- Step aerobics
- Circuit weight training
- Most competitive sports
These are just a few examples of types of physical activity.
For additional information on physical activity and types of activity see http://www.cdc.gov/physicalactivity/everyone/measuring/index.html
Tobacco and Cancer
Cigarettes and Cancer
Cigarette smoking is the most preventable cause of death in the United States. One in five deaths in the United States is attributable to smoking. Not only does it contribute significantly to coronary heart disease, it causes approximately 30% of cancer deaths each year. It is responsible for 87 percent of lung cancer deaths. It causes cancers of the lung, larynx, mouth, esophagus, pharynx, and bladder. It also plays a role in pancreas, kidney and cervical cancers. The CDC states that tobacco smoke contains more than 7000 chemical agents, about 70 substances known to cause cancer.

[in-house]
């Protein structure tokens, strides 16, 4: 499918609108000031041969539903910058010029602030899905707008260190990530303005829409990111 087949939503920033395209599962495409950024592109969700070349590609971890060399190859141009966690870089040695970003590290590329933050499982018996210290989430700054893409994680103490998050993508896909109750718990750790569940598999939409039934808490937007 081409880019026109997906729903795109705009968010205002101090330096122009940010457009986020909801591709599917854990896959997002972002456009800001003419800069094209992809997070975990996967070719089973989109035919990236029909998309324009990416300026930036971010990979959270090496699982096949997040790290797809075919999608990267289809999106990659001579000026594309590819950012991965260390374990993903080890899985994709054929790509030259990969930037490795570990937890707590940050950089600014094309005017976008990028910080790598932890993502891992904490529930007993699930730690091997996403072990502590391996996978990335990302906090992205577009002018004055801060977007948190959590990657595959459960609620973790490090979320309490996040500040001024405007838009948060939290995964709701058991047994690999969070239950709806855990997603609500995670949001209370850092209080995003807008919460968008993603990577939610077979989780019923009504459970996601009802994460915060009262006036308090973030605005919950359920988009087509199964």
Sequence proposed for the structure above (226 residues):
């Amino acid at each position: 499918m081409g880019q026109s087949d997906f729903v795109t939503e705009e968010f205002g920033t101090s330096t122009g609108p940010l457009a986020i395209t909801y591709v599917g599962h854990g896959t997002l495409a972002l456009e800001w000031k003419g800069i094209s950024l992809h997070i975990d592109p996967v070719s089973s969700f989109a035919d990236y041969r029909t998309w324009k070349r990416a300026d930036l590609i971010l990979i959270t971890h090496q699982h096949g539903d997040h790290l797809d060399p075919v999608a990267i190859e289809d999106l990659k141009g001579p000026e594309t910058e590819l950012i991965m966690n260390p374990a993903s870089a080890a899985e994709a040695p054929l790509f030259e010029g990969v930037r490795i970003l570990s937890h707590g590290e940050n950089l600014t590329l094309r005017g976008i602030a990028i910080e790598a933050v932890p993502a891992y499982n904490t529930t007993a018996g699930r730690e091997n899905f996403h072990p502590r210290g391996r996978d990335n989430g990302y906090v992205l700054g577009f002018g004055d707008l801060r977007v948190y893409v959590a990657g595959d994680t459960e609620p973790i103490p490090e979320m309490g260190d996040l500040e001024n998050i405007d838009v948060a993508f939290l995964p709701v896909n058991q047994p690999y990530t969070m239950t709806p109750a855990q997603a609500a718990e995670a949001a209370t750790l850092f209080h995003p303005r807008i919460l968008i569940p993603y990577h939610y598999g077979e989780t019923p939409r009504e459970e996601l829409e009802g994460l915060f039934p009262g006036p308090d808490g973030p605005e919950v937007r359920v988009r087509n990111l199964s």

Quitting smoking reduces the risk of getting cancers. Ten years after quitting smoking, the risk of getting lung cancer is reduced to about one-third to one-half of those who continue to smoke. It also reduces the risk of getting cancers caused by tobacco smoke. The quickest non-cancer health benefit of quitting smoking is lowering the risk of coronary heart disease. The risk is cut by half one year after quitting smoking.
Cigars and Cancer
Cigar use is on the rise, particularly among young men and woman. Cigars are different from cigarettes. They are typically made up of a single air-cured or dried burley tobacco. The fermentation process causes the tobacco to taste and smell different than cigarettes. They come in different sizes. A large cigar can contain as much tobacco as a whole pack of cigarettes.